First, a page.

Read Adam Hochschild's 1983 Mother Jones feature on the war in El Salvador here (pdf).
Polls show that the Farabundo Marti National Liberation Front, which ditched its guns and became a political party under the terms of a peace agreement in 1992, stands a good chance of winning El Salvador's presidential election on March 15. If it does, one of the old warhorses of the Latin American left (in Spanish: Frente Farabundo Martí para la Liberación Nacional, or FMLN), which came close to defeating the Salvadoran army in the early 1980s, will triumph at last through the ballot. For the wizened veterans who hobble around at FMLN rallies with Cuban prosthetic limbs and war stories to curl your ears, that would be a heady moment indeed.
The FMLN candidate, a television talk-show host named Mauricio Funes, speaks to Salvadorans as though he's got victory in the bag.
"Who's going to be your next president?" he asked the crowd at a huge rally on Saturday night in San Salvador. "Mauricio!" they shouted. "I'm going to be your next president!" Funes roared back, in case anyone missed the point. The avenue erupted in a sea of blood-red FMLN flags.
Funes isn't an obvious fit with the former guerrillas and union organizers who still hold most of the leadership positions in the FMLN. He was never a guerrilla, has never held public office, and, by his own account, only asked FMLN's bosses to be their candidate after he grew exasperated with the misrule of El Salvador's long-ruling ARENA party. After three previous defeats, they readily accepted. A polished speaker who covered the war as a TV reporter, he has waged an upbeat, future-looking campaign that contrasted sharply with ARENA's dark warnings about communism and chavismo. He has cast himself as a modern social democrat in the mold of Barack Obama and Brazil's Luis Inacio Lula da Silva—both of whom figure prominently in the FMLN's television ads. In one, the words "Yes, We Can," and Obama's face, appear on the screen before dissolving into an image of Funes.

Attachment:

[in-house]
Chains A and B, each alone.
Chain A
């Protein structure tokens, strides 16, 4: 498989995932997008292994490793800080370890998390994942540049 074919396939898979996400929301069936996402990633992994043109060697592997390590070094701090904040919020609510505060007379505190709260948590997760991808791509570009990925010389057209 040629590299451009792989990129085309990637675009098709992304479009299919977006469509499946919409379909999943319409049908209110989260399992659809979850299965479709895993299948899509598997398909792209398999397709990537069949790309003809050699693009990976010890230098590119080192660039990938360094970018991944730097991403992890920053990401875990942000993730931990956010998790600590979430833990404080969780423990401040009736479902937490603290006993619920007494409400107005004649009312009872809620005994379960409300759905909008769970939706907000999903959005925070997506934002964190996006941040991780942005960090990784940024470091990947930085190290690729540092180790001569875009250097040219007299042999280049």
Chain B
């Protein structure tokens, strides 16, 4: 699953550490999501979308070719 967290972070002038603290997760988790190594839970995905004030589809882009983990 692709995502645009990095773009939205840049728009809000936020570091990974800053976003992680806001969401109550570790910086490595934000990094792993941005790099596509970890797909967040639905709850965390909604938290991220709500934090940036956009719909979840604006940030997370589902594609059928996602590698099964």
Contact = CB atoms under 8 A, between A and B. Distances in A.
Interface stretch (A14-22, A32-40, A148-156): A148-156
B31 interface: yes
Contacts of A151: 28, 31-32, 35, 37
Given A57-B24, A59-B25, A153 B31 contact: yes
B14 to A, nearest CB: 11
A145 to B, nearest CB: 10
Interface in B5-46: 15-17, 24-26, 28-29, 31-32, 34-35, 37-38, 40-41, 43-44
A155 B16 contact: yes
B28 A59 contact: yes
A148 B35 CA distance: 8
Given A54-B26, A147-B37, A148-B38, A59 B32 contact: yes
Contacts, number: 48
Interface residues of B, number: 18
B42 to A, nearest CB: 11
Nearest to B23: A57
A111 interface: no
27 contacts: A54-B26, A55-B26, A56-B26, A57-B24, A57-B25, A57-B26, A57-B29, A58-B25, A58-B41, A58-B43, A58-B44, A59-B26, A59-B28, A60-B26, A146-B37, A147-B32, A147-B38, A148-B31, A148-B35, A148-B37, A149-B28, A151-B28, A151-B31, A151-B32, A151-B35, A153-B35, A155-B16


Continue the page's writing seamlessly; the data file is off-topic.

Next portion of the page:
The message: Just as Americans overcame the nonsense about Obama being a Muslim or terrorist, so Salvadorans can overcome the fear of electing a leftist as president. Other ads show sunny images of smiling kids and old folks, the candidate moving easily among them in an immaculate white guayabera shirt.
With such an optimistic pitch, those of us living in El Salvador can't help wondering if Funes understands what a mess he will inherit if he wins. Twenty years under successive right-wing ARENA presidents have left El Salvador with high crime, a sluggish economy, no relief from poverty, and abject dependence on foreign-currency remittances as El Salvador's exports stagnate and its people stream to the United States.
Nothing shows better the wreckage of ARENA's free-market policies than the remittance issue. Money sent home by Salvadorans abroad are the country's largest single source of foreign exchange—$3.8 billion last year, equivalent to more than 17 percent of the country's gross domestic product. In tiny El Salvador, the remittance economy has produced some weird distortions. Despite a high birth rate, the latest census suggests the population has actually declined—to 5.7 million, compared to a previously projected 7.1 million—due to so much emigration. Women significantly outnumber men. All over El Salvador, grand and ornate McMansions built with remittance money and surrounded by barbed wire and guards with shotguns have sprouted up on the squalid outskirts of villages. There's a whole new rural class hierarchy based on the number of family members living abroad. In one village, I met a young man whose six brothers had all migrated to the United States. They were the richest family in the village and had a brand-new pickup. Their parents were illiterate.
ARENA politicians used to portray Salvadorans abroad as heroes, the hermanos lejanos who journeyed selflessly to a strange land to support their families back home. They built a monument to the "distant brothers" in San Salvador and curried favor with the Bush administration to ensure that most could retain legal immigration status in the States and keep sending money home.